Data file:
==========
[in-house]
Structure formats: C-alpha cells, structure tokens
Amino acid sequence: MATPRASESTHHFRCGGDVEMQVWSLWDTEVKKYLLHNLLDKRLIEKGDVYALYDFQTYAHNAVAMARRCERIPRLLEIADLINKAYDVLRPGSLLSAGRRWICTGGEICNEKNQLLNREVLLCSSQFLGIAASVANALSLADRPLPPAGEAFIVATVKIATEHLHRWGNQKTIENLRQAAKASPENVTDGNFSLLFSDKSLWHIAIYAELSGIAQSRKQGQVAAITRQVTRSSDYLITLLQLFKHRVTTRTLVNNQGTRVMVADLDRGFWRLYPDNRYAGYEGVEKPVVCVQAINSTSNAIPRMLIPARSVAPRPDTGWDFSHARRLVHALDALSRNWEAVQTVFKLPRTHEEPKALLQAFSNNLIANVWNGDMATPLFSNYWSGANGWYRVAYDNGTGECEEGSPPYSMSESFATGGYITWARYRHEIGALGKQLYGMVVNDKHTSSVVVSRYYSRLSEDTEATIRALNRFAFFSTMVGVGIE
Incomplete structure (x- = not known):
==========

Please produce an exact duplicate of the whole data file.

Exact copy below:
[in-house]
Structure formats: C-alpha cells, structure tokens
Amino acid sequence: MATPRASESTHHFRCGGDVEMQVWSLWDTEVKKYLLHNLLDKRLIEKGDVYALYDFQTYAHNAVAMARRCERIPRLLEIADLINKAYDVLRPGSLLSAGRRWICTGGEICNEKNQLLNREVLLCSSQFLGIAASVANALSLADRPLPPAGEAFIVATVKIATEHLHRWGNQKTIENLRQAAKASPENVTDGNFSLLFSDKSLWHIAIYAELSGIAQSRKQGQVAAITRQVTRSSDYLITLLQLFKHRVTTRTLVNNQGTRVMVADLDRGFWRLYPDNRYAGYEGVEKPVVCVQAINSTSNAIPRMLIPARSVAPRPDTGWDFSHARRLVHALDALSRNWEAVQTVFKLPRTHEEPKALLQAFSNNLIANVWNGDMATPLFSNYWSGANGWYRVAYDNGTGECEEGSPPYSMSESFATGGYITWARYRHEIGALGKQLYGMVVNDKHTSSVVVSRYYSRLSEDTEATIRALNRFAFFSTMVGVGIE
Incomplete structure (x- = not known):